Sichuan-style food originates from the West of China in the hills and mountains of Sichuan. The food is quite unique in that it makes use of not only over 20 different cooking techniques (including dry-frying, explode frying etc) but also showcases a flavour sensation known as ‘ma la’ which translated means ‘hot and numbing’. This sensation is created through the use of Sichuan pepper, sometimes called fagara, which is actually a minute husk that is toasted over heat before being ground to a fine powder and sprinkled over many Sichuanese dishes. The flavour is zesty lemon, and the sensation is difficult to describe – I liken it to a cross between Bongela and the gush of your tastebuds when your mouth starts to water…It also makes grand use of the dried Sichuan chilli – both small that are left whole and large that are sliced up into pieces. The idea is not to eat the chillies, they are just there to impart flavour during the cooking process and to make the dish look attractive when presented. Only fools eat them when they reach the table!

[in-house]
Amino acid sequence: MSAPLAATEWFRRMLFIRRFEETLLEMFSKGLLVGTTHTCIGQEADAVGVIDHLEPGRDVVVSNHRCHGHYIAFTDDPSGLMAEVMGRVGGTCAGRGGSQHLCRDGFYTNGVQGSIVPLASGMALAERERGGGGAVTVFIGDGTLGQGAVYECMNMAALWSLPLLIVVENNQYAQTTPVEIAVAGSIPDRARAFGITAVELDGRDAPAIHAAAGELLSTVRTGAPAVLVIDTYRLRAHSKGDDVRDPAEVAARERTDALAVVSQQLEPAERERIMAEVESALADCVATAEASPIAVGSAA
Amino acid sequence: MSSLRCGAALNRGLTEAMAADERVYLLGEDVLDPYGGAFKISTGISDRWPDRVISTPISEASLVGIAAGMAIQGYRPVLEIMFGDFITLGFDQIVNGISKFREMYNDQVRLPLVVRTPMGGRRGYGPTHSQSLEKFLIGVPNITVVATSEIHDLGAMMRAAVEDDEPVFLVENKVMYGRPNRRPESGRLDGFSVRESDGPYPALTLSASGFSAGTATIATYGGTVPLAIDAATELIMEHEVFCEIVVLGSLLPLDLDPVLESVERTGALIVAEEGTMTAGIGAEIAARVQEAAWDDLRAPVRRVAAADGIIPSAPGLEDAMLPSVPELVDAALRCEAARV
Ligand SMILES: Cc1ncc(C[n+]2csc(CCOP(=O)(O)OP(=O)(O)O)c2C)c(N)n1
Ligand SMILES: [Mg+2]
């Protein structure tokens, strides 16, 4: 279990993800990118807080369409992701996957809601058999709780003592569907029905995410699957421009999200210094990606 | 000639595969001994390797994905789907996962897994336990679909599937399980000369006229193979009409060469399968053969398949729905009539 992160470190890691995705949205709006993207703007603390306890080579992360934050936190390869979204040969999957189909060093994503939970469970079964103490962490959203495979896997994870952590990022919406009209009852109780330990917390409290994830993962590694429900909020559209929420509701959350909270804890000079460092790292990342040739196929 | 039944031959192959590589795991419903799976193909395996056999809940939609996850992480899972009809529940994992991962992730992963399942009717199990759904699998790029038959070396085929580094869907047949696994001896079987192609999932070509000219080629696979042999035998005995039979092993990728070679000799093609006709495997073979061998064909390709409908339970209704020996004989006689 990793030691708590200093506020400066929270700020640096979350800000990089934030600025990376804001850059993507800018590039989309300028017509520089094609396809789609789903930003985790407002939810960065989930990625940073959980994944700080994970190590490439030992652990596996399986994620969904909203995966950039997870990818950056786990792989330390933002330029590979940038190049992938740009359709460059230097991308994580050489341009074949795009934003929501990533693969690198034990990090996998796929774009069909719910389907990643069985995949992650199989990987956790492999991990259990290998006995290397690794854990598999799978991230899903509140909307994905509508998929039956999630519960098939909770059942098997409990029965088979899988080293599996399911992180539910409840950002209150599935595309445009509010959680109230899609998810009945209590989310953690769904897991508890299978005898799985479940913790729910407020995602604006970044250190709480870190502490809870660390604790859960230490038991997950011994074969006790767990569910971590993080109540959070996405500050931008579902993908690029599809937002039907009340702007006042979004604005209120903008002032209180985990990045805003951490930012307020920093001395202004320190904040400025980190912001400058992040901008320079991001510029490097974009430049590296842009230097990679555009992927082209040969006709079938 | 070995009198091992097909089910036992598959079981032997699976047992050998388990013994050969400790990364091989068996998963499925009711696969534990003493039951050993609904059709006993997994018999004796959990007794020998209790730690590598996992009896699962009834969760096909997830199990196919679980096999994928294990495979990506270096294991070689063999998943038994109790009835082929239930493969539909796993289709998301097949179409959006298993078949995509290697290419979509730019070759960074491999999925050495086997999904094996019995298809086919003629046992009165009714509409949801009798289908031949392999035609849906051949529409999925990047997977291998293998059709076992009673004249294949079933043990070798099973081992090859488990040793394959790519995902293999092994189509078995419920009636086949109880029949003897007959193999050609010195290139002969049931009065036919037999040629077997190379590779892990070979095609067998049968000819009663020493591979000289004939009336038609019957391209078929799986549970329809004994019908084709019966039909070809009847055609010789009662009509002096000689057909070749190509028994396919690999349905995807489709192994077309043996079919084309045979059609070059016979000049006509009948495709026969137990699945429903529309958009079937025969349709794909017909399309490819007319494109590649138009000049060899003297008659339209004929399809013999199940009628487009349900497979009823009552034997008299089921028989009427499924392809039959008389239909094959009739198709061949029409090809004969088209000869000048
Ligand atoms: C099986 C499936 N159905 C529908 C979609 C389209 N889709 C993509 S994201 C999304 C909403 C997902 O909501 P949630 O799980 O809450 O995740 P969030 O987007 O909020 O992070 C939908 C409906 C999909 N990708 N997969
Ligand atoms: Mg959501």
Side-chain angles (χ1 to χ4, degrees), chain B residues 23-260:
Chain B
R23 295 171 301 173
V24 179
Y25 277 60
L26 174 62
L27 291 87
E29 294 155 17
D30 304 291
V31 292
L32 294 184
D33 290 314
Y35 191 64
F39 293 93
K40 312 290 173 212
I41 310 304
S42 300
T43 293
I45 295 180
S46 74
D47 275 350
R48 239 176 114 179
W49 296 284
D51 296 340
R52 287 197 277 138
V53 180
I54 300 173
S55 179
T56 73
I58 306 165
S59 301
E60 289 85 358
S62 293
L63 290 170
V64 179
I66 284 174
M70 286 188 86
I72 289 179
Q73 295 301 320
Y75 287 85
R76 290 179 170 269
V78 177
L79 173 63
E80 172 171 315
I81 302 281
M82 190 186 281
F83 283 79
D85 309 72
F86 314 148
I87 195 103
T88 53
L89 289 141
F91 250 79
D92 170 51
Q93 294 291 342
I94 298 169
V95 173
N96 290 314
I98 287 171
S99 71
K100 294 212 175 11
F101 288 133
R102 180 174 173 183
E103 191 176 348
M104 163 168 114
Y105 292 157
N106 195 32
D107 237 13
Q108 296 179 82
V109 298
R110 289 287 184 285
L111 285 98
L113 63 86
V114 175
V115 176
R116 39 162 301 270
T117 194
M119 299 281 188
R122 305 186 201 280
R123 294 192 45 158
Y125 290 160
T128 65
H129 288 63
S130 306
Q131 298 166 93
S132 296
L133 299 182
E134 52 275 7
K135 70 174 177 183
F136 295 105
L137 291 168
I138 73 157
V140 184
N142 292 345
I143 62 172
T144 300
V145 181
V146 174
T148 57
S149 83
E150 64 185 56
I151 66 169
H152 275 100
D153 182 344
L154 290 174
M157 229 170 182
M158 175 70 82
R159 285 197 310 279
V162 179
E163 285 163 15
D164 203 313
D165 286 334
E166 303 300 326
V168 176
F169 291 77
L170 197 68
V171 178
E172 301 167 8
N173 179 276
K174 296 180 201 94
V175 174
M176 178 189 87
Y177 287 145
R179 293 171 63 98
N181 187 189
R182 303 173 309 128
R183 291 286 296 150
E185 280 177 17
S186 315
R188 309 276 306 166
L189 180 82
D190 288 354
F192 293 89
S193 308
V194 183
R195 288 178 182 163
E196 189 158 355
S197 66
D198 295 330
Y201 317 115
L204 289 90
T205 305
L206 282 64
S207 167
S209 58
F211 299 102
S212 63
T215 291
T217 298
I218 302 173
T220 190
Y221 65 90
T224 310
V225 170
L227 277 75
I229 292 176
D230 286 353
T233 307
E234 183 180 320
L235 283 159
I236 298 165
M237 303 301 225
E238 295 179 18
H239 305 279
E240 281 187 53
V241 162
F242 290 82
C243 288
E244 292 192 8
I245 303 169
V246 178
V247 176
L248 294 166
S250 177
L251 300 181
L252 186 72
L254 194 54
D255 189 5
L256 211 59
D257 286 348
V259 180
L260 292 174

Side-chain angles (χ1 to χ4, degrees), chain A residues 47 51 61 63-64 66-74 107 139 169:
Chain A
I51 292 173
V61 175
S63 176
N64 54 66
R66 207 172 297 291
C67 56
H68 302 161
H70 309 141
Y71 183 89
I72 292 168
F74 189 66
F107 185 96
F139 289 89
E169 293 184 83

So, which one threw the best punches? Well it’s a toughie. Sichuan has always held a place in heart and I love the unusual ‘ma la’ flavour. However, the lesser known Hunan cuisine, I have to say wins out. The punchiness of the ‘yang’ fresh chillies hit you around the head but are perfectly balanced with the crisp ‘yin’ or cooling note of coriander, which is lacking in Sichuan (or less flavourful as they favour cucumber as the balancing ‘yin’ note). So there it is. Hunan wins – but Sichuan puts up a jolly good fight. Three cheers to the victor….’hip,hip, Hunan’!!!!